Will We Know Each Other In Heaven?
God created each of us with an individual identity and, as individuals, we are not only valuable to God, but he knows us intimately. In Psalm 139, as just one example, David marveled at the intimacy of God’s knowledge of him as an individual.
Scripture also teaches that God created us to live in community with other human beings. The creation of the human family is the crowning glory of God’s creative activity: a community of individuals that is so intimately connected that, though they are individuals, it can also be said that they are one flesh (Gen. 2:24-25). This, of course, is a reflection of the profound mystery of God’s own nature, who exists as three unique persons who are at the same time a single entity.
Both individuality and community are part of God’s eternal plan for us. In the book of Revelation, the Apostle John received a vision that offers a glimpse into the eternal future. John saw a great multitude of people from every nationality and language gathered together around God’s throne in worship (Rev. 7:9-10). In his glimpse of these eternal saints, then, John observed that their unique identities had not been cancelled out; they retained even their national identity and language. At the same time they were all participating as one in a show of international and multi-ethnic unity that would be unimaginable in our war torn world.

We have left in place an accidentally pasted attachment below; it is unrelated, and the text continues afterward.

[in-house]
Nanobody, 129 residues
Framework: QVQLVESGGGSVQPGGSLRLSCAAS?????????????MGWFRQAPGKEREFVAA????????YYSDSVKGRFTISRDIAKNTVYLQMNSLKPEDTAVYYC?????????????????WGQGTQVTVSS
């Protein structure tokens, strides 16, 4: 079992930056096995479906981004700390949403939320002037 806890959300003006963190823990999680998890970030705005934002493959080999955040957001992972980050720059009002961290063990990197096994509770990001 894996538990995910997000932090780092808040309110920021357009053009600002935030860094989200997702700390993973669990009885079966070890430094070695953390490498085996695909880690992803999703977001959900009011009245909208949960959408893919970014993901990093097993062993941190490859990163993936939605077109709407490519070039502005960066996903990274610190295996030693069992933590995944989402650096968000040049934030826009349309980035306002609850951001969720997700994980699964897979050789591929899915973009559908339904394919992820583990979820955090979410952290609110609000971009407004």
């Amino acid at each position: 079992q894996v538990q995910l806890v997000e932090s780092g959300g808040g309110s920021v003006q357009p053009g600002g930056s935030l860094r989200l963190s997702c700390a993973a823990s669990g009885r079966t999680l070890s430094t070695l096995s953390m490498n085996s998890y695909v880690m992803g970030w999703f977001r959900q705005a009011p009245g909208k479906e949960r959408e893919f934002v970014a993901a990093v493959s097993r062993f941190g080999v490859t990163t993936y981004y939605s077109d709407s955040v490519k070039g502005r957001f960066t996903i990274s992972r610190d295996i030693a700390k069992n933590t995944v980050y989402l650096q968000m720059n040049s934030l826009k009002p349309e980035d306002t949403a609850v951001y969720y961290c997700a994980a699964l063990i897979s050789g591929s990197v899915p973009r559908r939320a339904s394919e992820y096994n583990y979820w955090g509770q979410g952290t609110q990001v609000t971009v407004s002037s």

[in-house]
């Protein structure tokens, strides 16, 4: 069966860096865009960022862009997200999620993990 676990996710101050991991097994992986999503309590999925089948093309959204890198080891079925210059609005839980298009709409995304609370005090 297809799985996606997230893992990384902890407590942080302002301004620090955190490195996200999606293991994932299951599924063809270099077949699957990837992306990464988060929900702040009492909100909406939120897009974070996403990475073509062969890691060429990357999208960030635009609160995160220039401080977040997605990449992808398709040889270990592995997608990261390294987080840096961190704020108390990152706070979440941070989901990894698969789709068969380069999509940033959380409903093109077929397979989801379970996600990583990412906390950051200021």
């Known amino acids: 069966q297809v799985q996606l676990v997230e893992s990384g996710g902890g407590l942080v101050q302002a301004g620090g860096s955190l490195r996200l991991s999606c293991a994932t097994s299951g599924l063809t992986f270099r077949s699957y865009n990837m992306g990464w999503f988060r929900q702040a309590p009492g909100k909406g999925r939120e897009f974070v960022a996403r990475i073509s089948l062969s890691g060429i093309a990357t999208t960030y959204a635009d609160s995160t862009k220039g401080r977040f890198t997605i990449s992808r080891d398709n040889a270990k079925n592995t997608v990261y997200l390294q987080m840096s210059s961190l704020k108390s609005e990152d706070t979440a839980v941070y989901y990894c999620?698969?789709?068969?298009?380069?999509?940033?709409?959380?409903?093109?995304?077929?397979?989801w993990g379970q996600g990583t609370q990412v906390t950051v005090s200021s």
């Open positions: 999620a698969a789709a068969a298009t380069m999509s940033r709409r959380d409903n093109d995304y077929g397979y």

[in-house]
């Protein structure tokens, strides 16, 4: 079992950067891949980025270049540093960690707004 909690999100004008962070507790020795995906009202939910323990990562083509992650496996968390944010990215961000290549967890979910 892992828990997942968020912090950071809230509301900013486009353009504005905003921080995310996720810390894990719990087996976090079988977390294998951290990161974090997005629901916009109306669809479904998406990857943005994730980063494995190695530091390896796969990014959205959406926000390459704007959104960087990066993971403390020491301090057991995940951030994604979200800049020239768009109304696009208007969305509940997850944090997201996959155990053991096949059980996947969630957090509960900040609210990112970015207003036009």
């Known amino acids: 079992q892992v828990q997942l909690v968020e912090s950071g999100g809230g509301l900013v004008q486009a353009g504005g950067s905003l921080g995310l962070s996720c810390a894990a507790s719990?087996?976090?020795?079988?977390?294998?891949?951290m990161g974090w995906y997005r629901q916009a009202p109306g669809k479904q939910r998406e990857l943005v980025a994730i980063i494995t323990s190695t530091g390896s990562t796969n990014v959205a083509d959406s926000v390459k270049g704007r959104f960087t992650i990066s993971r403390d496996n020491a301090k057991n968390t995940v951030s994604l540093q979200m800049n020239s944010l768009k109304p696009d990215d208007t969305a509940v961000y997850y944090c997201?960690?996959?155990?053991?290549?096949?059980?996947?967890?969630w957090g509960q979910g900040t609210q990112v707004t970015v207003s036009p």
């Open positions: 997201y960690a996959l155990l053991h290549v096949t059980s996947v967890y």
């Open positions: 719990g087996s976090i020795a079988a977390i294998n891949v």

Scripture also teaches that, not only will our individual identities remain intact when we are in the presence of the Lord, but we will be more ourselves than we have ever been. The story of humanity begins with the declaration of God’s purpose in creating us: “Let us make man in our image” (Gen. 1:26). As God’s purposes continue to be unfolded through the revelation of the Scriptures down the centuries, the glorious scope of that initial declaration is brought more and more into focus. It was not frail Adam, who represented God’s ultimate purpose for humanity, but the second Adam, Jesus Christ. He, Paul says, is “the image of the invisible God” (Col. 1:15). He is the “firstborn among many brothers” and God’s intent is to conform all who trust in Christ into his likeness (Rom. 8:29).
The long and short of it, then, is that we will not only recognize each other, but we will recognize each other as God has always intended us to be: healed from the disfiguring effects of sin and clothed in the glory of Christ!
Pastor Jon EnrightJuly 7, 2018